Janolus anulatus

Photo taken at Carpinteria State Park, California
Photo courtesy of Jeff Goddard

Janolus anulatus Camacho-GarcĂ­a & Gosliner, 2006

Janolus anulatus Camacho-García & Gosliner, 2006

     Janolus anulatus was formally described in 2006 by Yolanda Camacho-García and Terry Gosliner. However the first records of this species go back to May 1966, when the late Jim Lance found it at Windansea Reef in La Jolla (Lance, 1953-2001). Jim and colleagues also regularly found it at South Casa Reef (Hospital Point) in La Jolla, where on one low tide (June 10) during the strong 1983 El Niño, ace ‘brancher Jerry Jacobs found 18 specimens (Lance, 1953-2001).

     Since then, Yolanda Camacho-García and Ali Hermosillo have documented J. anulatus from the Pacific coast of Costa Rica and Bahía de Banderas, Jalisco, Mexico, respectively.

     With its spotted color pattern and papillate cerata, J. anulatus is strikingly different from J. barbarensis, J. fuscus, and J. sp. 2 of Behrens and Hermosillo (2005), the other three species of Janolus known from the northeastern Pacific Ocean. However, excepting the statement that J. anulatus “feeds on a brown bryozoan” (Behrens and Hermosillo, 2005), nothing has been recorded about the natural history of this species.

     On 9 May 2012 Brenna Green and I were surveying the little intertidal reef at the east end of Carpinteria State Park for nudibranchs. At the end of two and a half hours on a calm and clear morning, we had found 132 individuals in 18 species, including a handful of Flabellina iodinea. A productive tide by any measure. As we were about to cross the small channel separating the reef from the beach, I mentioned to Brenna how I really wanted to someday find a couple of species I had never seen, but that Jim Lance had found many times in La Jolla, such as Janolus anulatus and Cuthona hamanni. I then stopped to look under one last ledge, spotted a couple more Hermissenda, and then noticed a grayish blob of a slug dangling out of the water from a small bushy bryozoan. I initially thought it might be a Dendronotus venustus, but as soon as we placed it in water, Brenna said, “No, something’s different about it.” I got out my hand lens, and was stunned to see the J. anulatus (14 mm long) pictured above, one of the two species I had mentioned literally 30 seconds earlier! Needless to say, I got pretty excited (so much so that I forgot to collect the slug’s substrate, which I routinely do I if I think it will provide new information on diet).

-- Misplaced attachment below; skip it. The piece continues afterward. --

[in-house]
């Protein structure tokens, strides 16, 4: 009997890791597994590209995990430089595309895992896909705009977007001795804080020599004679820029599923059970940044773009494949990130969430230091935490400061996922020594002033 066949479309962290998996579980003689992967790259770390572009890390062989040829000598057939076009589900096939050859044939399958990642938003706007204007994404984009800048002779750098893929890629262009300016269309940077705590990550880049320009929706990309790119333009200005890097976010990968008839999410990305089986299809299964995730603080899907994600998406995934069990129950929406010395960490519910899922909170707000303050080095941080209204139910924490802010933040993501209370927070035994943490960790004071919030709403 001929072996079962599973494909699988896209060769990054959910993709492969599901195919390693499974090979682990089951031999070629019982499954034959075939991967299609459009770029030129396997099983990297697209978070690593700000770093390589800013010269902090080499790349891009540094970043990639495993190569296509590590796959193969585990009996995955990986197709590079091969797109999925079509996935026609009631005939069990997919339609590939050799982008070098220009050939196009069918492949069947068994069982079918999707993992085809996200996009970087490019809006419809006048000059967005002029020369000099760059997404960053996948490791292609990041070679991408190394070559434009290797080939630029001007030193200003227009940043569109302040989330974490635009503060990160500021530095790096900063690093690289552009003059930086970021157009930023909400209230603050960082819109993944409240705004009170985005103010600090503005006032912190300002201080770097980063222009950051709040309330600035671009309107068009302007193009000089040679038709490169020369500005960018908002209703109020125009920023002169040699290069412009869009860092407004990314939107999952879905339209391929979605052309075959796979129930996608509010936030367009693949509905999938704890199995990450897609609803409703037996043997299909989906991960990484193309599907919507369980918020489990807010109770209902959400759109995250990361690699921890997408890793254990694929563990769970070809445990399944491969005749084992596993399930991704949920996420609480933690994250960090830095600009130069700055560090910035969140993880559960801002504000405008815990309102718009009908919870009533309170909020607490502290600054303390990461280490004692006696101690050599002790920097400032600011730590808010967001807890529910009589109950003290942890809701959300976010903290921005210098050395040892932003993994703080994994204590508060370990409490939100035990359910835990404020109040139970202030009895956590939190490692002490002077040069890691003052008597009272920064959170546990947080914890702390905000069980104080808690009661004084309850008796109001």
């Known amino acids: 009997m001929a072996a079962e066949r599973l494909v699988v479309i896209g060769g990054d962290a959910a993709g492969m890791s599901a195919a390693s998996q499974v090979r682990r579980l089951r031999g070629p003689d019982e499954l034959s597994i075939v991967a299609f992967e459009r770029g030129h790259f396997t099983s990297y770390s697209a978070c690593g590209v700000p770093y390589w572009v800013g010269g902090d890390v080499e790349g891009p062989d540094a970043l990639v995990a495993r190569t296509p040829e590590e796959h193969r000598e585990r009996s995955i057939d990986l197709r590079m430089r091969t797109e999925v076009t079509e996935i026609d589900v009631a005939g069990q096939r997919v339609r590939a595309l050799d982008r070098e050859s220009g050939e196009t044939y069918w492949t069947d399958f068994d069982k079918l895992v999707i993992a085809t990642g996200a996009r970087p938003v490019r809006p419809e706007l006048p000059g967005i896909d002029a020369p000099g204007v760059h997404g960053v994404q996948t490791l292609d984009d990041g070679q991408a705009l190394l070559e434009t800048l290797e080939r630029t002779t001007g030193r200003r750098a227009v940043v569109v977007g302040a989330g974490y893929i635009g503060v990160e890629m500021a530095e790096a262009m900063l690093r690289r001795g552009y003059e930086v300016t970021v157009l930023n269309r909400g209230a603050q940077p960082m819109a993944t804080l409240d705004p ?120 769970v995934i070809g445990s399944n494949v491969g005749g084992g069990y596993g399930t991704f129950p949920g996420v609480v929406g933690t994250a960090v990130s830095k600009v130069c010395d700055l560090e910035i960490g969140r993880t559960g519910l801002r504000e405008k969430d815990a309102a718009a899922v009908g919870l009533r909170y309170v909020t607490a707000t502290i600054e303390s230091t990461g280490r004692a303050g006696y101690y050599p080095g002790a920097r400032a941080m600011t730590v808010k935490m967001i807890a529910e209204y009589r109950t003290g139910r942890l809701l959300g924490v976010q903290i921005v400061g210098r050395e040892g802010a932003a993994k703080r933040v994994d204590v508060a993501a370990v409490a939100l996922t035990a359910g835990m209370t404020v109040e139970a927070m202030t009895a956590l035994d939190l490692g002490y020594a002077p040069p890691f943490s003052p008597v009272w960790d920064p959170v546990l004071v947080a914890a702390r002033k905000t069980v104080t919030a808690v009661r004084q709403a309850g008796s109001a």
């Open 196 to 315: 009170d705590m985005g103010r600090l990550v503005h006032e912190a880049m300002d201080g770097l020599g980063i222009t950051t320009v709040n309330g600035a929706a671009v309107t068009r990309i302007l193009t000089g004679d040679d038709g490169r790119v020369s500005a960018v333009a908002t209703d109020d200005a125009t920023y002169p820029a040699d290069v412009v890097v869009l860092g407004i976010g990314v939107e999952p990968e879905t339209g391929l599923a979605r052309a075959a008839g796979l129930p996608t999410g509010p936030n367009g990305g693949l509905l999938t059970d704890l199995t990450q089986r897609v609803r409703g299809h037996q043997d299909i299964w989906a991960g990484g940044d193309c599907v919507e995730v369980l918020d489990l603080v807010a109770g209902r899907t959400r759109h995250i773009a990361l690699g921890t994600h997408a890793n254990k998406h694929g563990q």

Back in the lab, I took images and then isolated the slug, hoping to obtain an egg mass. I also noticed in the vial a few tiny fecal pellets, so checked those for signs of potential prey, and saw that our specimen had been preying on a lightly calcified bryozoan, but the fragments were too broken up to identify to species. After seeing that nothing was known about the specific diet of J. anulatus, I decided that I needed to return to the ledge in Carpinteria to collect the colony on which I had found the slug.

     So on 11 May I returned to the exact spot and collected what appeared to be the correct bryozoan colonies. Later that morning, back in the lab, I placed the slug on one of those colonies, in a small dish. The slug settled right in, and when I took a look under the dissecting scope, I was floored by the resemblance of the nudibranch to the bryozoan , and knew that that must be its prey based on the resemblance alone. This was confirmed as the slug began to feed, not leaving the bryozoan colony for days. The color pattern and papillate cerata of the slug provide a near perfect match for the branches of the bryozoan, right down to presence of the brown bodies in the older bryozoan zooids. Had the slug been under water on that day in Carpinteria, I doubt I ever would have seen it! The bryozoan turns out to be Synnotum aegyptiacum, a circum-tropical species.

     In an added bonus, the slug laid multiple egg masses, which allowed me to document the development of its eggs into hatching planktotrophic larvae . In striking contrast to J. fuscus and J. barbarensis, J. anulatus encapsulates its embryos singly (why some nudibranchs pack in multiple eggs per capsule, and others only one, remains completely unknown).

     My first Janolus anulatus, a range extension, and new information of diet and developmental mode - a good tide indeed.


Behrens, D. W. and A Hermosillo (2005) Eastern Pacific nudibranchs. Sea Challengers, Monterey, California


Camacho-García, Y. E. and T. M. Gosliner (2006) A new species of the zephyrinid nudibranch genus Janolus (Mollusca: Nudibranchia) from North America and Costa Rica. Revista de Biologia Tropical 54(4):1295-1305

Lance, J. R. (1953 2001) Field accounts of opisthobranchs from California. Department of Invertebrate Zoology and Geology, California Academy of Sciences, San Francisco, California [unpublished field accounts in three binders]

Jeff Goddard

PO Box 8

Los Olivos, CA 93441

Send Jeff email at goddard@lifesci.ucsb.edu

Jeff and sons Will and Ziggy in the field at Bahia de Los Angeles, Baja California
Photo courtesy of Hans Bertsch

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